Notre Dame, Ind. -- In the noteworthy sports movie Hoosiers,  filmed not too far from the location of this week’s WAPL, a reporter asks Coach Norman Dale wh" />
McCloskey, Tubert Are Final Worthy

Both Players Competing In First WAPL


Lisa McCloskey has been a study in consistency this week in reaching the WAPL championship match. (Robert Walker/USGA) 
By Andrew Blair
June 26, 2010

Notre Dame, Ind. -- In the noteworthy sports movie Hoosiers,  filmed not too far from the location of this week’s WAPL, a reporter asks Coach Norman Dale what it’s like to take his underdog basketball team from small Hickory High School to the state championship at spacious Hinkle Fieldhouse.

“My boys know about basketball, farming and school – probably in that order,” says Hackman, before comparing the team’s trip to the massive enclave to a trip to the moon.

Well, welcome to another planet as far as WAPL finalists Emily Tubert and Lisa McCloskey are concerned.

As Coach Dale rightly reminds his overachieving team, the 18-year-old finalists are already winners no matter what the scoreboard shows at the conclusion of Saturday’s scheduled 36-hole final.

McCloskey seems at ease with her game and the finals’ stage. A rising newcomer at the University of Southern California, McCloskey’s closest match of this year’s WAPL was a 1-up quarterfinal round victory over UCLA’s Brianna Do, where she made her biggest shot of the championship, draining a long putt at the 18th hole to advance.

Owner of a steely nerve, there was no quarterfinal hangover for the ever-focused McCloskey, who disposed of Ellen Mueller in the semifinals, 3 and 2, in a match she led from the fifth hole. McCloskey, who recently transferred to USC after two years at Pepperdine, is making her first appearance in the WAPL, but any rookie mistakes have hardly been discernable. 

She’s been tested before on big stages; McCloskey has advanced in match play in the U.S. Women’s Amateur and was a quarterfinalist in the 2008 U.S. Girls’ Junior, where she was medalist, firing 63 in the second of two stroke-play rounds. As a freshman at Pepperdine, she set the NCAA 54-scoring mark with a 19-under 199 total at a tournament in Las Vegas.

If ever there were a likely candidate to reach the finals, it’s McCloskey, who knows there’s more to the game than making birdies, there’s the fundamentals always and above all. She routinely outthinks and outworks her opponents, and before anyone knows any better, she’s built an insurmountable advantage. She methodically hits fairways and greens and displays the kind of clam that is rewarded in USGA championships, especially when it’s as filled with the pressure of a match as a silo on an Indiana farm.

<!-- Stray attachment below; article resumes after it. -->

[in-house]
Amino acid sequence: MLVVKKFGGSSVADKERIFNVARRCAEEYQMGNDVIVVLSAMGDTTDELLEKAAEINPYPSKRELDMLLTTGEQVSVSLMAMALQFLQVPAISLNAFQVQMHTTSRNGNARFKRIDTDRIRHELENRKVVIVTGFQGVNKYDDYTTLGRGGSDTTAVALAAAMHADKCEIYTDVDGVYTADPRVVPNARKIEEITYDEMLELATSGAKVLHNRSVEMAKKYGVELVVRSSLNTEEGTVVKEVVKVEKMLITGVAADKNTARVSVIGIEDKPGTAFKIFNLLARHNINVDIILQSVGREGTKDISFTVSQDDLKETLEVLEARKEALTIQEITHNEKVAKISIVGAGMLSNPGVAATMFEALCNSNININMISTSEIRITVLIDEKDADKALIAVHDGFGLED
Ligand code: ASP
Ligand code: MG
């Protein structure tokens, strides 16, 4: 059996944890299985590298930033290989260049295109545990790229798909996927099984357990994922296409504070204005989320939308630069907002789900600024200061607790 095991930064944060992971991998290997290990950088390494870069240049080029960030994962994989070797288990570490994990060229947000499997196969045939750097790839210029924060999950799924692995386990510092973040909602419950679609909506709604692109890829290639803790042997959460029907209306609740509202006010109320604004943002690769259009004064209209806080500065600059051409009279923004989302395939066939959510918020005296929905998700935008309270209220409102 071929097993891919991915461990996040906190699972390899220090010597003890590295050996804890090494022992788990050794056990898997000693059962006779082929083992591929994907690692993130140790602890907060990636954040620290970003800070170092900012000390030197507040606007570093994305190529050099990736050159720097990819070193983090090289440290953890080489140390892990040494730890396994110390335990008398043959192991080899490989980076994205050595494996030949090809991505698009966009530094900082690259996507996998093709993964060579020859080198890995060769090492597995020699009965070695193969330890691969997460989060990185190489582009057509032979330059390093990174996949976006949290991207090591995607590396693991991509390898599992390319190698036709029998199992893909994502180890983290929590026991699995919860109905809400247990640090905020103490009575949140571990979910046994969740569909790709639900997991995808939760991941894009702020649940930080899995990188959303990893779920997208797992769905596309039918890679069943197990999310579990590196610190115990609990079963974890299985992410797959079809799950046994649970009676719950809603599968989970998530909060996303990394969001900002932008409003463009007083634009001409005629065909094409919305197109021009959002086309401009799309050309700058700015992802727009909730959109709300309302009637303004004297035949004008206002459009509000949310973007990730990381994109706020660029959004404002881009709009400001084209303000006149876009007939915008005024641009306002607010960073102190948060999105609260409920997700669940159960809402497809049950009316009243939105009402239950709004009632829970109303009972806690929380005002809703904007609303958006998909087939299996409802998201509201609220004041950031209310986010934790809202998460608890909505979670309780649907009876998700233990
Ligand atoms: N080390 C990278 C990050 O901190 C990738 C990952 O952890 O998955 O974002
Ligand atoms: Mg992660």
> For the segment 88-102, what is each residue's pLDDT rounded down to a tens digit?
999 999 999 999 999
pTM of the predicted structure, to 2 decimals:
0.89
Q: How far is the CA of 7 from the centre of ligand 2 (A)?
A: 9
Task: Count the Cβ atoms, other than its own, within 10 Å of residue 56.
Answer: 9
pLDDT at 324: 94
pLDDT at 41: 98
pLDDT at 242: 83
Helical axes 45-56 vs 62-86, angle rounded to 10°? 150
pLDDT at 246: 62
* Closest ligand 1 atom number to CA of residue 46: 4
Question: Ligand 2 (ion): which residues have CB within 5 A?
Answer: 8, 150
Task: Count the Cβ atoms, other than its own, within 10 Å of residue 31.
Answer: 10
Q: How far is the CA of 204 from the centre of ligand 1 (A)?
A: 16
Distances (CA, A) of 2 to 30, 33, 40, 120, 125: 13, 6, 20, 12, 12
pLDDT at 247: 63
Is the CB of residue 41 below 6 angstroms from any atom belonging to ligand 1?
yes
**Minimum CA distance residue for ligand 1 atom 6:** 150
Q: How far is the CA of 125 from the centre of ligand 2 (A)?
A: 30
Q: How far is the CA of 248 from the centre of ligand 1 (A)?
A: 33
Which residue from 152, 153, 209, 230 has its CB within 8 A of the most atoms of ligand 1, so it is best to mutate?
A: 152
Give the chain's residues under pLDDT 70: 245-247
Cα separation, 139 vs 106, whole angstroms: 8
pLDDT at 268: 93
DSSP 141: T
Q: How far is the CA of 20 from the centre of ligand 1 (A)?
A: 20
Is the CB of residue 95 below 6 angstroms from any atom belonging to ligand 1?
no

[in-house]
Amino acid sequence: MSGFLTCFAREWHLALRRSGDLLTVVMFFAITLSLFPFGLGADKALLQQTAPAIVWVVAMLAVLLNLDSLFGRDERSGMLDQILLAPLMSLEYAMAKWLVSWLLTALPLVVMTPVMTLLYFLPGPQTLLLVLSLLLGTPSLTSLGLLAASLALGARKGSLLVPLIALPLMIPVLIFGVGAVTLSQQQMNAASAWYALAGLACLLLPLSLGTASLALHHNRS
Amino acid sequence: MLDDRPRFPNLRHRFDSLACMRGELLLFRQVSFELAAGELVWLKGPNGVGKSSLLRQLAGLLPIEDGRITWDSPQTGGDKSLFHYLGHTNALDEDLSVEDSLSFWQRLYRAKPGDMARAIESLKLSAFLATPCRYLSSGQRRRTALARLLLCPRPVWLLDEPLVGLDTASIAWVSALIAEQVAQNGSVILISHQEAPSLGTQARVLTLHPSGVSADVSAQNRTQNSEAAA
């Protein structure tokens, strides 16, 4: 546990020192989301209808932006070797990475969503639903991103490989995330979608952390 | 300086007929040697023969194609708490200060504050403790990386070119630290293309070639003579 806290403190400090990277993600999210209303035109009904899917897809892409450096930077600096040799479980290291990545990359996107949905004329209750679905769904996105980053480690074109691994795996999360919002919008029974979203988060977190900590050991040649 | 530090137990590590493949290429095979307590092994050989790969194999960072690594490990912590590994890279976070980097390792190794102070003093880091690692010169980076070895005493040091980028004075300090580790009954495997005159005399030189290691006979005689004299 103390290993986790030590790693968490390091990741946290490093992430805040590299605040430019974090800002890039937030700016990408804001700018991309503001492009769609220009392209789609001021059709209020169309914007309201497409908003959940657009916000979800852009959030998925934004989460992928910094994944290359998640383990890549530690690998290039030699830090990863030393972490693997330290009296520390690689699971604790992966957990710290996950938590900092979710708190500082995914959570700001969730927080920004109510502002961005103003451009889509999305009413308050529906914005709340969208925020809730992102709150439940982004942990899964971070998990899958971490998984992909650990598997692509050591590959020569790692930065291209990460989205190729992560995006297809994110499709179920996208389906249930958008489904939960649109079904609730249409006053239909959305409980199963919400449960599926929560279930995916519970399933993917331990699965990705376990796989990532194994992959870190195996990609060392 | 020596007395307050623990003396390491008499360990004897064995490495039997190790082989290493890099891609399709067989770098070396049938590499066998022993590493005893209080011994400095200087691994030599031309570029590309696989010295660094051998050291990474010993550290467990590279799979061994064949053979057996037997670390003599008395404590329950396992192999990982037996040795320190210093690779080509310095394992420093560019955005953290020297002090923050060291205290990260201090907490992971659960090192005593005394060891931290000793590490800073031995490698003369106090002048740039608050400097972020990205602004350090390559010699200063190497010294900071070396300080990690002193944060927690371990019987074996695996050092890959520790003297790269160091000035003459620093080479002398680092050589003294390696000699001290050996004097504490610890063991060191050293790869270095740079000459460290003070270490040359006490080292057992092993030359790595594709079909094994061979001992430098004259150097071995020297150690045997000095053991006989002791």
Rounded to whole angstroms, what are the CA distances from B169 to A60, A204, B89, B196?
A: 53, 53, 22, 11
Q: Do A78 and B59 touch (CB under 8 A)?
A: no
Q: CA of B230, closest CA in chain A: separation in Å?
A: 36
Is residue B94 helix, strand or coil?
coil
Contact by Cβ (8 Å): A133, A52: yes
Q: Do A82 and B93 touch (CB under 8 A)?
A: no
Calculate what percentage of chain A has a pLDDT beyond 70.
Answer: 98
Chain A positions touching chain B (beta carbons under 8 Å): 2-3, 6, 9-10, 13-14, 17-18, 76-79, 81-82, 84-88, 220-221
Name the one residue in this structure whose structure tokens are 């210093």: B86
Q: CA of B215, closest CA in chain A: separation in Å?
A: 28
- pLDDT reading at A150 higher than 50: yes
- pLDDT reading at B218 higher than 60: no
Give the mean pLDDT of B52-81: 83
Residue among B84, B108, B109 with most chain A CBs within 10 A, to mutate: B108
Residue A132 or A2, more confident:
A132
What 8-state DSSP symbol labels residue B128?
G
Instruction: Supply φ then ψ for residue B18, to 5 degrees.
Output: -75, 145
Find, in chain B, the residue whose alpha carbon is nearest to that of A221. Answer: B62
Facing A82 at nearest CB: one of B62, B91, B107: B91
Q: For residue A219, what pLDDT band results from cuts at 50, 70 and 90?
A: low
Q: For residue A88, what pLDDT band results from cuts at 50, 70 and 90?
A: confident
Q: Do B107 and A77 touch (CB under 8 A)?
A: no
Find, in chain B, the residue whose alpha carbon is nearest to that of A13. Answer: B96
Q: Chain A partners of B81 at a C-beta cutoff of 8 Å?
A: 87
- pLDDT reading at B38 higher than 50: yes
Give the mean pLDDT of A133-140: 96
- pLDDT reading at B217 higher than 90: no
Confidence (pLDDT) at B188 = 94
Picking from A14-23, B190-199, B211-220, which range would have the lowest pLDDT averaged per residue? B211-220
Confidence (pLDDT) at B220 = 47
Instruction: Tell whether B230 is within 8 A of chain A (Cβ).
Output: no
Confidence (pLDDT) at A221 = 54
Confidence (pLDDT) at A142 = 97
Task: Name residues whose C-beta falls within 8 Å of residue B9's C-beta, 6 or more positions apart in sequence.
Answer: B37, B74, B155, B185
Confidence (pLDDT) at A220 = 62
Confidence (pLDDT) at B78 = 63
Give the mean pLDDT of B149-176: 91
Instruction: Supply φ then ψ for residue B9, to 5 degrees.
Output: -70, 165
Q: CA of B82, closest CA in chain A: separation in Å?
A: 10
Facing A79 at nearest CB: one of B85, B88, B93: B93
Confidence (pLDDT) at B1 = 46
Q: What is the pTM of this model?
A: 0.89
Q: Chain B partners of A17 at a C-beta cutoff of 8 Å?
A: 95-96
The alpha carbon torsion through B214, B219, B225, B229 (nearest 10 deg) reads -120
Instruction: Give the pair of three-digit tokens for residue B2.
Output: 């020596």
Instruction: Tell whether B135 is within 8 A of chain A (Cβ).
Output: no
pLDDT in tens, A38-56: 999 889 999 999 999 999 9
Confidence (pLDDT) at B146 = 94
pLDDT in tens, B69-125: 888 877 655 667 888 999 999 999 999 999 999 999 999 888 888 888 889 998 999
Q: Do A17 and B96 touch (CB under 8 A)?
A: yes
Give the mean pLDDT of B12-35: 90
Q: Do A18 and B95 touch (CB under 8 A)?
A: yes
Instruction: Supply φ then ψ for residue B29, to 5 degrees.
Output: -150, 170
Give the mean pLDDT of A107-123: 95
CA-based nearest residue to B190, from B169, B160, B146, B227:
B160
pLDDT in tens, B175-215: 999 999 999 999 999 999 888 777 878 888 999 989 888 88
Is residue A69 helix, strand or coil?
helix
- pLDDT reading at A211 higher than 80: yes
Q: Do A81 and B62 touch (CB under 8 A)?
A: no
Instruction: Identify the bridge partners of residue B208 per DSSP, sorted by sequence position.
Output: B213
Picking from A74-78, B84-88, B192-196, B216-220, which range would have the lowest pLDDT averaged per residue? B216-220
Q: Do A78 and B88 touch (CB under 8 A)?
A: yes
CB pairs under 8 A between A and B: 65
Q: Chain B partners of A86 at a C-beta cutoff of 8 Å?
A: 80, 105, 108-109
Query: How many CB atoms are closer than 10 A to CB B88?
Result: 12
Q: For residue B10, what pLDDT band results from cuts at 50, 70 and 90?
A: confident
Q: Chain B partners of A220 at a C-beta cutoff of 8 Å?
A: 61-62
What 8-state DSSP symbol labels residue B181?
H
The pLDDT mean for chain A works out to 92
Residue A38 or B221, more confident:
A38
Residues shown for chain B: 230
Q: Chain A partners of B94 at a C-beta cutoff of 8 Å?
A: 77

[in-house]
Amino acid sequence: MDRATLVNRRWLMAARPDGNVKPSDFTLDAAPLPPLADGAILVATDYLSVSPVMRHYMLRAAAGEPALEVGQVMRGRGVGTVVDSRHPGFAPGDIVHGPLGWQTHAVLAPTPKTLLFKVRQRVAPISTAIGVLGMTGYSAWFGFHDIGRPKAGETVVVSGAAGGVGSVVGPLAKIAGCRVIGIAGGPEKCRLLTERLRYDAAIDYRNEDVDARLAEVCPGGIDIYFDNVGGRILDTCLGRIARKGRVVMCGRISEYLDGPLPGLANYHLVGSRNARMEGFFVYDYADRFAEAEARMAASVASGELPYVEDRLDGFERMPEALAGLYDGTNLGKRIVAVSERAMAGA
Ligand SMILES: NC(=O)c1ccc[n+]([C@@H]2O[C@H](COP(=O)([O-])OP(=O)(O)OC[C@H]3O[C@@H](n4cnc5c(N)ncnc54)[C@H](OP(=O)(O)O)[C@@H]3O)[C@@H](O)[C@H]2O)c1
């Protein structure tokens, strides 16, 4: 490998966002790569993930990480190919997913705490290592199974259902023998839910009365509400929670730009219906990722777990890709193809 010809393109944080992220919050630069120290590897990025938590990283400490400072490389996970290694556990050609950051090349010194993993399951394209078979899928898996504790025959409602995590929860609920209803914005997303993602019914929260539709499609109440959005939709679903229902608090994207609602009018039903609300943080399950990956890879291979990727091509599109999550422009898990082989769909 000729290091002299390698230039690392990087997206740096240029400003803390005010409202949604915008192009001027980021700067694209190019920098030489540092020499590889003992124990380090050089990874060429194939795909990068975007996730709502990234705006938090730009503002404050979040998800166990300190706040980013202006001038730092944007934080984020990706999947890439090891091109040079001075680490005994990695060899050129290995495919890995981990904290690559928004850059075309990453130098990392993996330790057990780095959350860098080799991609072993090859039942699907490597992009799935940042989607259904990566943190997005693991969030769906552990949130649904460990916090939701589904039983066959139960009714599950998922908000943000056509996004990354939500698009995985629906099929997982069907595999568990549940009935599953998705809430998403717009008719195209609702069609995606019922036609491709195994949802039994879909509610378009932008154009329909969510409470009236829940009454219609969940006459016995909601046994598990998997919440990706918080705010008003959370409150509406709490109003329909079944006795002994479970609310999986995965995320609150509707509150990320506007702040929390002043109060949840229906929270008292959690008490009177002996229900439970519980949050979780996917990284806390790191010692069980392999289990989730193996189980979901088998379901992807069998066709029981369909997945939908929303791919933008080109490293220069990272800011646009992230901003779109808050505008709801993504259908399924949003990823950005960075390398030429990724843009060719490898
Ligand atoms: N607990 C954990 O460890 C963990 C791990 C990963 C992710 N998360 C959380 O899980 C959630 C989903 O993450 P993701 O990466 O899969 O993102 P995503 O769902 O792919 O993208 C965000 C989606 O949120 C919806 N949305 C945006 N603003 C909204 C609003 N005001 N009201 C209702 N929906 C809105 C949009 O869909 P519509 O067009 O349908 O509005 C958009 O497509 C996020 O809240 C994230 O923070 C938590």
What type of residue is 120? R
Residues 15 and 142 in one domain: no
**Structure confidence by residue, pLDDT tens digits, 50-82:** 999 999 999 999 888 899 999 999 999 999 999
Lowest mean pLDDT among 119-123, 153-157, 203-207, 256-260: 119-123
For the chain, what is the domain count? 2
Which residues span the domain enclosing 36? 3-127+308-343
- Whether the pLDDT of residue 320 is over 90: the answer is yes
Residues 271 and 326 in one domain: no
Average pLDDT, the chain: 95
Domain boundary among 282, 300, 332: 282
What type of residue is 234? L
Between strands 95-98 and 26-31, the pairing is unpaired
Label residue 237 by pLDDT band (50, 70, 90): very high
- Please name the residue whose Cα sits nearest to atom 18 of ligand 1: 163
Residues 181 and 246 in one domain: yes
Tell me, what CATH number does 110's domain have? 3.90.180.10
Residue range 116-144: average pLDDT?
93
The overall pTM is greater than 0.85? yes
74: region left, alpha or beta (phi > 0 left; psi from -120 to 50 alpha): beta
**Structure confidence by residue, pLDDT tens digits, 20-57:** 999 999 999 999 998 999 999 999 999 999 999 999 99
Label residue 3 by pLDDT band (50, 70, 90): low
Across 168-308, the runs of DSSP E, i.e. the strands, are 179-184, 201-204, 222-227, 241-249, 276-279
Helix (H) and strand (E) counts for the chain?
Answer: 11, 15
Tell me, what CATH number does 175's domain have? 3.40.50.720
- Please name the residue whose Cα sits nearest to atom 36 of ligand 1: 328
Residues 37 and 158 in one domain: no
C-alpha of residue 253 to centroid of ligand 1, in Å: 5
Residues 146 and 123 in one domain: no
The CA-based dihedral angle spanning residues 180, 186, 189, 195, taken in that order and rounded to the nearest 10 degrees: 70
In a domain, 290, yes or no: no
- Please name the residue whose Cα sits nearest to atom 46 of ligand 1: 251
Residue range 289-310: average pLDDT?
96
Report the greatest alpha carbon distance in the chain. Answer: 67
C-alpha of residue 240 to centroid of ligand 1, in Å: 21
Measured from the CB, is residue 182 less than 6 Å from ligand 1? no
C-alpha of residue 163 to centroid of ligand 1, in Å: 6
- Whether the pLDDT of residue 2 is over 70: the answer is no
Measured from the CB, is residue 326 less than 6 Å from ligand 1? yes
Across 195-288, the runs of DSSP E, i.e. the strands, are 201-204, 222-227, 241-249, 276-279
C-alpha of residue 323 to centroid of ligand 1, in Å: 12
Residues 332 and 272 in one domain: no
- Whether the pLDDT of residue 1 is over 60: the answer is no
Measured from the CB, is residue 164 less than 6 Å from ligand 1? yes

“There are a lot of good players in the field,” McCloskey said. “I was lucky to have a good seeding and I didn’t have to play super, super solid. I was lucky to have even-par rounds for the most part and still win matches.”

Of course, no good drama can be without a little human touch. Tubert has strengthened ties with the leader of her fan base in caddie and father Marcelo, who, in a twist of irony, acted with Hackman in Postcards from the Edge.

It’s obvious who’s more nervous headed into the deciding game.  

“Oh, he is,” Emily laughs, “and it’s not over yet.”

Marcelo, who like many others in a tough economic environment, has seen some hard times in recent months, was asked by Emily to caddie in WAPL sectional qualifying. He rightfully earned a spot on the bag this week and the experience has been an uplifting one for daughter and dad.

“I had black hair and now I need to take a look in the back and see if I’ve lost any of it,” Marcelo laughs. “It’s such an emotional emotional thing to watch Emily do this and to be by her side. I wouldn’t trade this for anything. My heart is bursting like never before. It’s an amazing thing.”

 A few years ago, Emily stopped playing competitive basketball and volleyball to focus on golf. Her rapid growth in the game can be attributed to lots of practice and playing an increasingly competitive national schedule. Tubert has honed her skills under the watchful eye of coach Zachary Allan of De Bell Golf Club in her native Burbank, Calif.

“I didn’t really know what was going to become of me in golf when I started. I just kept suiting up, showing up and kept improving,” said Tubert, who is bound for the University of Arkansas in the fall.

With plenty of athletic pedigree already on her side, she found additional inspiration in her sister, Sarah, who is hard of hearing. A member of her high school water polo team, Sarah is completely deaf while in the water, but that hasn’t precluded her from being honored as the team’s most valuable player. Sarah will soon try out for the Deaf Olympics. 

“The stuff that she’s accomplished and the adversity she’s overcome is just incredible.” Emily says. “She’s never let anything stop her, and never let anyone tell her, ‘No.’”

As far as this week is concerned, the championship already rivals a tearjerker.

“It just doesn’t get any better than this,” Marcelo says. “The other day, [Emily] put her head on my shoulder on the teeing ground and said, ‘I love you, Dad.’ I had to think, ‘OK, don’t cry. Don’t cry.’ ”

Not even a wisp of early morning Indiana rain can dampen the mood around this showstopper.

Andrew Blair is the communications director for the Virginia State Golf Association. He is contributing articles at this week's WAPL for the USGA.

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